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How to Set up a Customer Training Program

Providing a customer training program with a Learning Management System is a great way to educate your customers and improve their experience of your product or service. This boosts your customer retention rate and increases revenue. But how ready are you to get the ball rolling? If you’re not, then this post is definitely for you. 

This is a practical guide to what is needed to set up a customer training program. It will give you an overview of the various steps you need to take and why they are important. 

What do you need to set up a customer training program?

Training your customers is simple. It’s the process of teaching them how to use your product or service. Training 10 customers is, however, a very different prospect to training 100. Every time you add another zero, your ability to manually run the training program becomes more and more unlikely. With these larger numbers, you’ll need the help of software.  

To create a Customer training program you’ll need the following:

  1. A Learning Management System (LMS)
  2. An access point for users
  3. Customer training courses

Having these three in place will get you to the point where you can give your customers access to a dedicated customer training portal, where they can take their courses.

A learning management system

You’ll need an LMS to manage your training efforts efficiently. An LMS is a dedicated piece of software for the delivery of customer training courses. Companies delivering customer training choose to use an enterprise LMS rather than an academic one, such as Moodle. Enterprise LMSs, like LearnUpon, are built for this particular use case. 

Choosing an LMS can be a tricky proposition. You should start by compiling a list of your requirements. From there you can pull together a shortlist of LMSs to trial and demo before selecting the LMS that’s just right for you. 

A multi-tenant LMS will allow you to set up a partitioned “mini LMS” for each distinct audience. The key here is to set up separate portals for your employees and your customers.

Set up a training portal for your customers

This customer training portal will be where your customers will find their eLearning courses. Setting it up should be a quick and easy process. Check out this short video to see some of the key functionality you’ll need.

As you see in the video, your customer portal will be branded with your company’s brand colors, logos, and images. You can customize other elements such as automated emails to ensure that the portal looks and feels familiar to your customers.

How do customers gain access to the training?

This can sometimes be a tricky point to articulate. That’s because there are a number of options available to you. So you can choose the best one for your customers. One quick question will help you get started – where will the initial attempt to access training take place? Is it on your website? From inside your product? Or another area, such as a pre-existing customer portal (like a support area or similar).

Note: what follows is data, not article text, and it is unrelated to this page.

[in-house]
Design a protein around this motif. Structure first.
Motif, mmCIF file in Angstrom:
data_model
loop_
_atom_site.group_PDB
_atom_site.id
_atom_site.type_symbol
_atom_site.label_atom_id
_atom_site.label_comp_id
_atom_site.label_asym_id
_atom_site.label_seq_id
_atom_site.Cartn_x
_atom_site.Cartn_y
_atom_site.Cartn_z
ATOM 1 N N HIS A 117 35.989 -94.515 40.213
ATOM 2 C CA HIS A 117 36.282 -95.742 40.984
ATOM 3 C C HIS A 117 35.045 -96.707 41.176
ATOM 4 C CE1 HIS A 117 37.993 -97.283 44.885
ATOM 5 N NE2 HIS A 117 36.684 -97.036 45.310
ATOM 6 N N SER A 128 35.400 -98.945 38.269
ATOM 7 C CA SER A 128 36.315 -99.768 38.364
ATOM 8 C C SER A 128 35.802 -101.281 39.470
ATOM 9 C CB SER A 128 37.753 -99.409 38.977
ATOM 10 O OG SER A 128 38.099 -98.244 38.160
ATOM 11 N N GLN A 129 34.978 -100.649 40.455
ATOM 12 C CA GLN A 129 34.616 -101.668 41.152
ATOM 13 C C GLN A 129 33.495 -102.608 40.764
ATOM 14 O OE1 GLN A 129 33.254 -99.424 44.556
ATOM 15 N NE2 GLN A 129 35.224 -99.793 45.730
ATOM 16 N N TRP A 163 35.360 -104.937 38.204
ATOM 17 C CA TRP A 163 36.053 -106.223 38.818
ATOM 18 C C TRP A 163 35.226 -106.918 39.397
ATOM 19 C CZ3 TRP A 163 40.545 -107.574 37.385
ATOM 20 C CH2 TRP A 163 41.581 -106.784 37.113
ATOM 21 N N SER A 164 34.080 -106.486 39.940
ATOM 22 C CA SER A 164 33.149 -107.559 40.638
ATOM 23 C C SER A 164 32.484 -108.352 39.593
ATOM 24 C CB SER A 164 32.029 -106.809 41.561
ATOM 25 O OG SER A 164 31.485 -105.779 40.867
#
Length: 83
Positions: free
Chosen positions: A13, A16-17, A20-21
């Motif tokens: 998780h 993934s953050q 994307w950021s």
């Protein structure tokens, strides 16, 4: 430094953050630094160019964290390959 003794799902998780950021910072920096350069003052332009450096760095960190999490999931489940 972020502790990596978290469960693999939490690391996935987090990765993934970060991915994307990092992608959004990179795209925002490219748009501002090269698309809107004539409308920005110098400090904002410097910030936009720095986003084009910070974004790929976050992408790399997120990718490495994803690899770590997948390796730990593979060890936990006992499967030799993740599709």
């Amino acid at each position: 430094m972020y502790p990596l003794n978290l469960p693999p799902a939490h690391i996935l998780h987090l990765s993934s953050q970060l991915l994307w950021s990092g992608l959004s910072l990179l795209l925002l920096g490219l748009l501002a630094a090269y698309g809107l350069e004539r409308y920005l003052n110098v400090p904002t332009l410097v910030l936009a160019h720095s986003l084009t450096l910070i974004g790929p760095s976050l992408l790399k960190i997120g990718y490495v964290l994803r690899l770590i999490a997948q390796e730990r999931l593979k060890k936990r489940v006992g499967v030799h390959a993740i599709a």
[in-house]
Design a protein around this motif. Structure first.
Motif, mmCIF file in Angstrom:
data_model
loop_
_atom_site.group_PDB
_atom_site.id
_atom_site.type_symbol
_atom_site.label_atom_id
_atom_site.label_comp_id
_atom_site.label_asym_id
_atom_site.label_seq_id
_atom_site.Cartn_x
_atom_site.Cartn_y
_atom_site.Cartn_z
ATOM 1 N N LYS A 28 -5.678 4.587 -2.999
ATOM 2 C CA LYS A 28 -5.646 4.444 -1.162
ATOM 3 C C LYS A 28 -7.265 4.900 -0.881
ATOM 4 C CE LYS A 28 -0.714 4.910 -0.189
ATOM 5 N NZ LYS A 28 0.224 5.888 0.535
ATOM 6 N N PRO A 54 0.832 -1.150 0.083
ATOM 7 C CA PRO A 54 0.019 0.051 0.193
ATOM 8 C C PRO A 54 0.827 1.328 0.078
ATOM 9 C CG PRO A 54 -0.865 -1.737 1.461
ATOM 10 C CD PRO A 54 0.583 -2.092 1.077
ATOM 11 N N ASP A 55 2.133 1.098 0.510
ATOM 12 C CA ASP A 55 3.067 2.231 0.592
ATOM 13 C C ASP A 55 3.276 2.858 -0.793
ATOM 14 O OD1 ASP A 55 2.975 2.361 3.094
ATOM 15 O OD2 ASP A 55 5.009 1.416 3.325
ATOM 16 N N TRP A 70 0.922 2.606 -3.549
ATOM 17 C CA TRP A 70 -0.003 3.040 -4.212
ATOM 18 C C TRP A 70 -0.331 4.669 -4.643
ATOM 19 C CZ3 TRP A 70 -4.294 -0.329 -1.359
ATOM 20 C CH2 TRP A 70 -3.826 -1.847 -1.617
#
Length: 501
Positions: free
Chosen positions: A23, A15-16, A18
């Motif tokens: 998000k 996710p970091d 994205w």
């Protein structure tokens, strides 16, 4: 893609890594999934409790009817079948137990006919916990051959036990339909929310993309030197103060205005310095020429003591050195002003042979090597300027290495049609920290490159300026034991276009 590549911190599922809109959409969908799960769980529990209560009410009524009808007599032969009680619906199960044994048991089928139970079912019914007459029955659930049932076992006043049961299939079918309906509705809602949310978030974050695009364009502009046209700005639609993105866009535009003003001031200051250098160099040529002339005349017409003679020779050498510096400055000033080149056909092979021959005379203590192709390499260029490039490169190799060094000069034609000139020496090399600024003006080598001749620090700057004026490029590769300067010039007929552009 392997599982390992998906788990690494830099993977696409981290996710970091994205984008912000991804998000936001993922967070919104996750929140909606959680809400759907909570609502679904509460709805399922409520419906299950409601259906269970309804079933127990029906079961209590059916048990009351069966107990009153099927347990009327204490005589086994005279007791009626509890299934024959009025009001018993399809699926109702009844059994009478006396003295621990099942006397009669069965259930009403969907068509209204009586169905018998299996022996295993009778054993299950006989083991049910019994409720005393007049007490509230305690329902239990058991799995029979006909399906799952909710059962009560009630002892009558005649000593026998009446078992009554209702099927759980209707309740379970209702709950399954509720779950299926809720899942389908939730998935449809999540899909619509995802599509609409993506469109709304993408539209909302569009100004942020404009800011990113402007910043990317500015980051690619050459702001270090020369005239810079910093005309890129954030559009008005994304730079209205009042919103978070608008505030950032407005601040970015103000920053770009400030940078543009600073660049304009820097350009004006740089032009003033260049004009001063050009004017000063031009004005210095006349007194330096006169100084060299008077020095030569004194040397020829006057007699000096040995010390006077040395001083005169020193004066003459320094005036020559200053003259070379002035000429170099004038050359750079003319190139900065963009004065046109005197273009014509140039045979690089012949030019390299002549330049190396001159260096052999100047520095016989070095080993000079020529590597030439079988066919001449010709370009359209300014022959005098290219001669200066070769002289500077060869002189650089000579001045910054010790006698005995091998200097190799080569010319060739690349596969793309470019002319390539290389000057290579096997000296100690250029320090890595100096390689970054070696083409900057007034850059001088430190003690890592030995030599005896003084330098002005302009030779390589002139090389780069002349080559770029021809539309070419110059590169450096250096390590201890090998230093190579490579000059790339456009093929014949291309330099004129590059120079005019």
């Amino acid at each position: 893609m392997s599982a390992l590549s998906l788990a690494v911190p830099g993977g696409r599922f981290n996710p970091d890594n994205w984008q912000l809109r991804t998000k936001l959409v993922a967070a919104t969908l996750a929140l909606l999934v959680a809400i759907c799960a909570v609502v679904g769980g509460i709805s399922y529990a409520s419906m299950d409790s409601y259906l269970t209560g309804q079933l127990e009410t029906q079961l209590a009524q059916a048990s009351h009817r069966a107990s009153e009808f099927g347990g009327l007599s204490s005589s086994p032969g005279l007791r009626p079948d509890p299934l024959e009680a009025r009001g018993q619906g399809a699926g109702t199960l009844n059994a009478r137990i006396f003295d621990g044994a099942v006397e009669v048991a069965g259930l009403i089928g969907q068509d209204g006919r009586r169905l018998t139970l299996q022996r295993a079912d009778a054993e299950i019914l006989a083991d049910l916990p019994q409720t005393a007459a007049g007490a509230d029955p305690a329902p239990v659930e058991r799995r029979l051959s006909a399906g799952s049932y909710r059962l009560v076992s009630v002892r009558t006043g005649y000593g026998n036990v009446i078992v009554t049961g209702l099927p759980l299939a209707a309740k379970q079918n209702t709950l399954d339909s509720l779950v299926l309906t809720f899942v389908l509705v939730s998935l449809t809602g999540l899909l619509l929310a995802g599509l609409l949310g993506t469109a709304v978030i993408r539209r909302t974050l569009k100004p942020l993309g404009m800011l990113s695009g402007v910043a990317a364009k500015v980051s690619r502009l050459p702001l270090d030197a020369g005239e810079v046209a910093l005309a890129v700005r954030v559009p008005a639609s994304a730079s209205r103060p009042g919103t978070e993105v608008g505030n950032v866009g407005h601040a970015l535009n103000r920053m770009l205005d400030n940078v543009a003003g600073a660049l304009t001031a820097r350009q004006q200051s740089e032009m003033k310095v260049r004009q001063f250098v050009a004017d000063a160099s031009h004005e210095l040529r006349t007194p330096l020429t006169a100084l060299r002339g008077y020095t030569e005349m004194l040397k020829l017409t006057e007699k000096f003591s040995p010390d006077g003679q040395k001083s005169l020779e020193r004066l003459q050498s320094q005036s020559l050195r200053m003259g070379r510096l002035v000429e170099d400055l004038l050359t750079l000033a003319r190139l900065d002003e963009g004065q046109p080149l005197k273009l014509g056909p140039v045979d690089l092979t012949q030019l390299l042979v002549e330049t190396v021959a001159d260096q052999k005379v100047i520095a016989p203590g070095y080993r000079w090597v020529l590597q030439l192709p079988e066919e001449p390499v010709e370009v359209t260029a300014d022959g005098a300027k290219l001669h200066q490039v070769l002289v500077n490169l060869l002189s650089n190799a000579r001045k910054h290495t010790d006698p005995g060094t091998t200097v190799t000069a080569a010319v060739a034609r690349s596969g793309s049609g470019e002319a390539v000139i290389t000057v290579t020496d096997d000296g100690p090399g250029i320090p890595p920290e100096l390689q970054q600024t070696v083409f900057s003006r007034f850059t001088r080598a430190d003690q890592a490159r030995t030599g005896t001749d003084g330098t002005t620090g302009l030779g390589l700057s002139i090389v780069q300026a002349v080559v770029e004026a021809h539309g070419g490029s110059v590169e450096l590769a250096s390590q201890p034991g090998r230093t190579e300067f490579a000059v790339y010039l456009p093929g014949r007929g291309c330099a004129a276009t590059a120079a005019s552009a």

Access options include:

By clicking on a button on your website or in your product your customers will be given access to the LMS, if, they are logged into their customer account. This is probably the most streamlined and reliable way to grant access. And, it’s a seamless experience for the customer.

The customer creates themselves as a user by filling out a form. This may be prompted to take this action when they click through to access training.

You provide your customer with login credentials and the web page address of the portal. This can be a very manual approach unless you set up some automation to support this process.

Some companies provide customer training for a fee. Usually, this is accompanied by a certification when the user completes the course. By purchasing a course on a storefront the customer is brought directly through to the LMS and they are created as a user.

What is in the course?

What are the building blocks of the courses you will be providing? It depends on your resources, your goals and the subject matter of the training. Our advice is to start with what you have and iterate.

The materials at your disposal will largely dictate the formats of the training materials you provide. If you have a large array of product videos for example then the course content can be made up of these.

Keep the courses short

Make the courses digestible. Smaller chunks of information are more suitable to the lifestyle of the modern learner. The best way to do this is by creating a course that’s made up of several modules. Here are some elements that can be incorporated into your courses:

You can even incorporate exams and certification if you want to formalize the learning process. This is becoming more and more frequently used for commercial software. The end user benefits from being a certified user of your product as they’re officially qualified to use it.

Training features or workflows?

Don’t fall into the trap of creating courses that just focus on single product features. Instead, show your customers how multiple features blend together to make them more effective. By focusing on workflows, or “the job to be done” you are getting the user to a level above simple troubleshooting.

The old adage ring true here:

“give a man a fish and you feed him for a day; teach a man to fish and you feed him for a lifetime” 




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